The Austin Chronicle


Book Smart

December 13, 1996, Columns

Dear Editor:

I very much enjoyed Karl Pallmeyer's article "Chain Reaction" (Vol. 16, No. 13) that dealt with the encroachment of the chain, corporate bookstores on the independent bookstores of Austin and elsewhere. I also believe this phenomenon is a sad commentary on the general Wal-Martization of America.

I would like, however, to make one correction to Mr. Pallmeyer's article. Mr. Pallmeyer's article stated that Houston has "no independent general bookseller." This is clearly not the case. The Brazos Bookstore, a Houston fixture for more than a decade and a half, has managed to hold on to its business despite the demise of nearly all the independent bookstores in Houston. Karl Kilian, the owner, has turned his bookstore into one of the best independent bookstores in the Southwest. Mr. Kilian's inventory incorporates a broad range of hand-picked titles and one can often find books there that you would find nowhere else. The list of authors he brings to read and sign books is also one of the most impressive I have ever seen and far surpasses the lists of readers for any chain.

Times have been tough for Mr. Kilian over the past years, but his perseverance has shown that independent bookstores can make their way. I believe Mr. Pallmeyer's article would have been much more interesting if he had talked to Mr. Kilian and gotten his story.

Sincerely yours,

Walt Campbell


Dear Sir:

I am the architect who prepared the design for the Cancer Survivors Plaza project in Austin. As you know, the project was rejected by the Austin City Council on November 7, 1996 by a 4-3 vote. The reason for my letter is what Council member Beverly Griffith said, as well as what she did not say, in her letter to you a couple of issues ago.

What she said about the site selection process in Houston is not true. Since I was the architect for the Houston Cancer Survivors Park project as well, I still recall very well what happened there. Several sites were offered, two of them next to M.D. Anderson Medical Center, one in the Galleria area and one on Post Oak Street. They were all rejected by Mr. Bloch. Then, while driving through Houston, he saw the little triangle, about 0.9 acres, next to the big fountain on Main Street and close to the main entrance to Hermann Park. That site was Mr. Bloch's first choice. Although there was some opposition to it, the Park Department succeeded in securing it for the project.

I never worked on selecting a "mutually agreed-upon" site in Houston. What I did work on was preserving 17 beautiful live oak specimens which made the selected site so attractive, and on incorporating an existing fountain into the new design. The fountain became the centerpiece of the new plaza, and paving, irrigation and electrical lines were routed with a great deal of care in order to protect the wide but shallow root system.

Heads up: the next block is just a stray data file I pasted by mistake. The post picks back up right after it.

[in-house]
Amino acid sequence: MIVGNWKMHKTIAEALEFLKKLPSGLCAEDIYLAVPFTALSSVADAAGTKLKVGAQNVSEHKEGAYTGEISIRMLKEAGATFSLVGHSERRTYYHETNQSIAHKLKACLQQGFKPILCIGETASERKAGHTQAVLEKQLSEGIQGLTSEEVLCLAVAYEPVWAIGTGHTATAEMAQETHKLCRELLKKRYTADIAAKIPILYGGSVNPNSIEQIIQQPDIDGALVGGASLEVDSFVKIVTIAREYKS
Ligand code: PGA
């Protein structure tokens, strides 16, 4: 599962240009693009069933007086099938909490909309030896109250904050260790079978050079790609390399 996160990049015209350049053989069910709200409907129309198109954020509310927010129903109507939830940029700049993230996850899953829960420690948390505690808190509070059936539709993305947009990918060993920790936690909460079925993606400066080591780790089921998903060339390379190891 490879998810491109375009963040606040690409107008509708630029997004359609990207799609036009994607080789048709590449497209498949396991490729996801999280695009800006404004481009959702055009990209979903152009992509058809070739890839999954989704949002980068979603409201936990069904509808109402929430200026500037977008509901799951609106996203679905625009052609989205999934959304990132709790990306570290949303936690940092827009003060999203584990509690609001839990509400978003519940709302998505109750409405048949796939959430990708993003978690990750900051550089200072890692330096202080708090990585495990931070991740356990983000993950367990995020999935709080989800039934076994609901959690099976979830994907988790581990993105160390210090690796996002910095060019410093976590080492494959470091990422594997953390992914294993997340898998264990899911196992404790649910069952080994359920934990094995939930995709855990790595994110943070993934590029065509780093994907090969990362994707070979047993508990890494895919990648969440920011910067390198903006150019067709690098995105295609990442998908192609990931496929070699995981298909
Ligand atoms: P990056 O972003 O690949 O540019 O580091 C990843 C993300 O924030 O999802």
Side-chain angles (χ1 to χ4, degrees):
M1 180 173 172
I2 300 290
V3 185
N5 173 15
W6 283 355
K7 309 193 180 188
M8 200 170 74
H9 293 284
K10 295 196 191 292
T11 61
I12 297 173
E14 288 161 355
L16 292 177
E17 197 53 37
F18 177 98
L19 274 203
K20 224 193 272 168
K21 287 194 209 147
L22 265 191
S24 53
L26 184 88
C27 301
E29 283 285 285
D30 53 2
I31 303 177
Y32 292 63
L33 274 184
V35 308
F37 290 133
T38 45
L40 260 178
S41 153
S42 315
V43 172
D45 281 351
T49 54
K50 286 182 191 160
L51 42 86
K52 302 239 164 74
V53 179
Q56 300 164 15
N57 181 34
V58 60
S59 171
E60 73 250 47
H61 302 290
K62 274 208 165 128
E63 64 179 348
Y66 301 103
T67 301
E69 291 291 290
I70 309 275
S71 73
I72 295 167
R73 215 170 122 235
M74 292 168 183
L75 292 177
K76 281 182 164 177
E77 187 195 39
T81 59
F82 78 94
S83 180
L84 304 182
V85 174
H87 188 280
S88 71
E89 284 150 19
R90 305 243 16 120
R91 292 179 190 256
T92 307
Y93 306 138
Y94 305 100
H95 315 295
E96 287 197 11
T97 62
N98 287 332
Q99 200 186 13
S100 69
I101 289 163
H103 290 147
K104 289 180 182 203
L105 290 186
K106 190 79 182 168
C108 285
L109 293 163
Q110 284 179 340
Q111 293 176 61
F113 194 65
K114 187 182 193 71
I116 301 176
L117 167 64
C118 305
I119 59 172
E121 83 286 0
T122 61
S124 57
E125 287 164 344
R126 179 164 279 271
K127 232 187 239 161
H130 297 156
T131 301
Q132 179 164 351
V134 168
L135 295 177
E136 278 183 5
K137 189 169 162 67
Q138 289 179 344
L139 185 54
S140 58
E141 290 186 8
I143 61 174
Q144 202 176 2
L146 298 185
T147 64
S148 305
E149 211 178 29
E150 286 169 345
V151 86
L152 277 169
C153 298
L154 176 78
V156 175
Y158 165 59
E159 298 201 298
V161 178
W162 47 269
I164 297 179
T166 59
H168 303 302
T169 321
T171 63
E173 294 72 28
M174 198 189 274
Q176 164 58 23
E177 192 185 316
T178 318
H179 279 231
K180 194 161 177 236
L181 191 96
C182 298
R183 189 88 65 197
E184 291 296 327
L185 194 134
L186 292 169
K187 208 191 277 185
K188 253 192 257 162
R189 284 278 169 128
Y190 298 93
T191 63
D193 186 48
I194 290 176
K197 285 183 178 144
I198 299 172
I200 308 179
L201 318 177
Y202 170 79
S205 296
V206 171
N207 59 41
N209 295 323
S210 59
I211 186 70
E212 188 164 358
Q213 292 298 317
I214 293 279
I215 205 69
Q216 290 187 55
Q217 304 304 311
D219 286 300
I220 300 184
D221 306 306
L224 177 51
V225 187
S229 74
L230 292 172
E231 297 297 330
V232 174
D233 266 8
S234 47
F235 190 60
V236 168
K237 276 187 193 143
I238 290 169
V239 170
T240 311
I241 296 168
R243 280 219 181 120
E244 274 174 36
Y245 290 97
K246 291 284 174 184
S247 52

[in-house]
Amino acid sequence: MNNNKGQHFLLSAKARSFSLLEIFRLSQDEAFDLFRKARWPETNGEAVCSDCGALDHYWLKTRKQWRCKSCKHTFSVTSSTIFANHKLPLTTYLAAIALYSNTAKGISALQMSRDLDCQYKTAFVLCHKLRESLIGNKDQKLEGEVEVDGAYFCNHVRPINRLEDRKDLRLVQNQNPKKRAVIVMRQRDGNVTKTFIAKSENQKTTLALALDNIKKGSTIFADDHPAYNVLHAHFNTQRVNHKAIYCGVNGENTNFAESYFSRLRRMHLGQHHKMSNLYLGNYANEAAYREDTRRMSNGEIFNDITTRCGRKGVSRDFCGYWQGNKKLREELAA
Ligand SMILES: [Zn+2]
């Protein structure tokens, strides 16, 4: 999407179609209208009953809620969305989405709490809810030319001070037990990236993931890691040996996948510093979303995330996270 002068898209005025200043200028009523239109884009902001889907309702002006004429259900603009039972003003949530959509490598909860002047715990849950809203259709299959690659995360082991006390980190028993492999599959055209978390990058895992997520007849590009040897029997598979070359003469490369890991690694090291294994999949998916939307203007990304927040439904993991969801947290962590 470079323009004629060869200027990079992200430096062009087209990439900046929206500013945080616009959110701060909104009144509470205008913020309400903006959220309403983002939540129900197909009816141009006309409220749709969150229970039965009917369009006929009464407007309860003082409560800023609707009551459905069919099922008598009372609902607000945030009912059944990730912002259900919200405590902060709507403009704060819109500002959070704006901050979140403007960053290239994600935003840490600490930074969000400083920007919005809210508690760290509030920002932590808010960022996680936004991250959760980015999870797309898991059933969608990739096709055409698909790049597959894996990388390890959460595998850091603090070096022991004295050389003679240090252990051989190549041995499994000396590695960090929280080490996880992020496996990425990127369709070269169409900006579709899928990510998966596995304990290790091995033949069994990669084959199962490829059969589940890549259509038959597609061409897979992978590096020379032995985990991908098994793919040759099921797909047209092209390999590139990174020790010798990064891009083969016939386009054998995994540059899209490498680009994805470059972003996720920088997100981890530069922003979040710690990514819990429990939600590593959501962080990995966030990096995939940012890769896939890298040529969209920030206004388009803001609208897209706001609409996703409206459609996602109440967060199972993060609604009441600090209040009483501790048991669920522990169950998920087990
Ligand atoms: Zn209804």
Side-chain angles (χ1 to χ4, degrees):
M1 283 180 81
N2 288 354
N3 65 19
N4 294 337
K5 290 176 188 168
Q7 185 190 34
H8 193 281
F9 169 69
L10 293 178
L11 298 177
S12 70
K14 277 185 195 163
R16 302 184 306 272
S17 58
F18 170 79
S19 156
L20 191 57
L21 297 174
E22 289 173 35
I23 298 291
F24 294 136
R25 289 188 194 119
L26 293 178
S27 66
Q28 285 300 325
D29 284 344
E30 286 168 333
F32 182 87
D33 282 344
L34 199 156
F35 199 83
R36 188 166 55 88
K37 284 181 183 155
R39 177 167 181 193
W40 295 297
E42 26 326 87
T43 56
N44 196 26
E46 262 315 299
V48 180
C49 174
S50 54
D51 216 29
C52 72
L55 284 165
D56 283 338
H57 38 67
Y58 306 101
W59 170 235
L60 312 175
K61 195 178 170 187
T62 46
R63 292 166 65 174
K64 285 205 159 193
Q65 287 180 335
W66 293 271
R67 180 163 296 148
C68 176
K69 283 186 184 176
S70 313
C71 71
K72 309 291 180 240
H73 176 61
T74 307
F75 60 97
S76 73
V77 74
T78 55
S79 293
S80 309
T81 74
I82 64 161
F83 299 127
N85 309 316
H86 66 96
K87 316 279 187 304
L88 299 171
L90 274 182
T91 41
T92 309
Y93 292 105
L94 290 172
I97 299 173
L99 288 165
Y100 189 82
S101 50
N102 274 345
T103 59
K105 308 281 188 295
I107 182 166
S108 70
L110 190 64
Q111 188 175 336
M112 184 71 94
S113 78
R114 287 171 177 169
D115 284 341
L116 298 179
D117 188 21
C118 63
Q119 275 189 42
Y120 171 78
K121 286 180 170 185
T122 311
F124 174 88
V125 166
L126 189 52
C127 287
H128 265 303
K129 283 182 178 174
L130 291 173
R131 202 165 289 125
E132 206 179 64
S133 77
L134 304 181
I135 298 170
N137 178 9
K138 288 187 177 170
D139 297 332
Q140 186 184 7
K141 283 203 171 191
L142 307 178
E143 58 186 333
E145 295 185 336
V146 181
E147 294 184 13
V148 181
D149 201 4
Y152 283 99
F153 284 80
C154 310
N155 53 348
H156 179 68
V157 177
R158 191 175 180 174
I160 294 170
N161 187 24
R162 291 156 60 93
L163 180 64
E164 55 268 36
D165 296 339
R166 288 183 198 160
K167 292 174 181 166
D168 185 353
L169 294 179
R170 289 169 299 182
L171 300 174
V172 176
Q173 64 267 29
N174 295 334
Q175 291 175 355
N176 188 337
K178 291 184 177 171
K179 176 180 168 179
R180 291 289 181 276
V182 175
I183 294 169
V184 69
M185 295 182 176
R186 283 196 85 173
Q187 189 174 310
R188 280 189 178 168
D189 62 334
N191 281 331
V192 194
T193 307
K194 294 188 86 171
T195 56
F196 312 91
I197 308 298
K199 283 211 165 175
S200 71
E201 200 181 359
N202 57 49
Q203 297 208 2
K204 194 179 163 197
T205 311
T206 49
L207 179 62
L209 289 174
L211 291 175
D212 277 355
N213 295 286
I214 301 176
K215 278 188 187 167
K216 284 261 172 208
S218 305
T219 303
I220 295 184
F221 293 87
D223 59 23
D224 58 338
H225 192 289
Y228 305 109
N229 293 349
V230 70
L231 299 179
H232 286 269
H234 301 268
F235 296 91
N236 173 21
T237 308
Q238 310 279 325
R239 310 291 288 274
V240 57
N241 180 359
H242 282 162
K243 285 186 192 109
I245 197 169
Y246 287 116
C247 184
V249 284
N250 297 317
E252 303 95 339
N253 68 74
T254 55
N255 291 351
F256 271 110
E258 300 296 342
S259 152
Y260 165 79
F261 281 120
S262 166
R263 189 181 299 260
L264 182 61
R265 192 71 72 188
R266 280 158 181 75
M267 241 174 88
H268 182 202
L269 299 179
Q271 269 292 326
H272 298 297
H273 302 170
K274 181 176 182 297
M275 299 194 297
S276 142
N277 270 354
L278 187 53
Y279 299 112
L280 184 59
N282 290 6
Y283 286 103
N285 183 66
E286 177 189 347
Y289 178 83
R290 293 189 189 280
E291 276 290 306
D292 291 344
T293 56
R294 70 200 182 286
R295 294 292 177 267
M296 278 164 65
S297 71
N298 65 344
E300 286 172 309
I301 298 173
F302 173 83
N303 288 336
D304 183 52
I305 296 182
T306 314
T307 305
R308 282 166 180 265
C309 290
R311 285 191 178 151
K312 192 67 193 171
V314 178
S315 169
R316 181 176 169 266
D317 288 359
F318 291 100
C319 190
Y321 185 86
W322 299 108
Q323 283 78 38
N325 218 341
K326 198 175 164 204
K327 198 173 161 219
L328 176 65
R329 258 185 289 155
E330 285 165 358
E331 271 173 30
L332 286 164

Regarding the argument that the proposed site in Austin should be preserved, I would like to ask two questions: What is it exactly that we are preserving, and what for?

This piece of land has been standing as it is today for about 30 years with almost zero improvements. Currently, the Park Department spends measly $1,800 a year on it. There are erosion problems on it, no seasonal color, and minimal irrigation. This portion of the hike-and-bike trail is used considerably less than the MoPac-Lamar section, does not offer any opportunity for transitioning from the street to the lake level, and has no access for the handicapped.

What are we keeping it for? What is the appropriate use for this site? The safest option (politically) is to keep it the same. The best option is to consider it in the context of the urban core and the now accepted "compact city" objectives and downtown revitalization.

What Mrs. Griffith did not say was that there is a plan for this area adopted by the council about a decade ago. It is the Comprehensive Town Lake Plan. The plan calls the area between Drake Bridge and Congress Avenue Bridge "the most urban of all the waterfronts." It proposes a promenade and semi-circular terraces between the street and the lake for a variety of activities. The proposed design for the Cancer Survivors Plaza offers almost verbatim all the components called for in the Plan. It does not ruin the site -- to the contrary, it greatly enhances it.

As an architect and urban designer I recognize fully the importance of parks within the urban tissue. However, although parks can serve a variety of functions in a city and have different size, shape, feeling, level of privacy and interaction, Austin has only one type of park around the lake -- open green space. Cancer Survivors Plaza will add depth and a theme to the park experience, a variety badly needed in downtown Austin without disrupting anyone's business or recreation.

I certainly agree that there need to be places of "respite" in Austin. I am not sure, though, that all the parks have to be the same, and that the most urban and one of the busiest intersections in the city is the best place for the "respite" (about 50,000 cars daily). To truly get in touch with the lake, Austin will have to provide urban, civilized ways of getting in touch with water, and include those not wearing the running gear.

Another important thing Mrs. Griffith did not say is related to the issue of maintenance. She did not mention that the surrounding office buildings and the Radisson Hotel have accepted to take care of the maintenance with their present crews for the next 5-10 years until larger endowment has been created to maintain the park in perpetuity.

Our City Council often declares itself to be for a concept or idea -- "compact city," "new urbanism," "great streets," "public transit," etc. But when it comes to implementation, it seems that the Council does not have a clear idea about how to go about it, and here is a perfect example. For the first time in years, we have an opportunity to actually do something about revitalizing downtown without even reaching into our own pocket -- and here's what we do.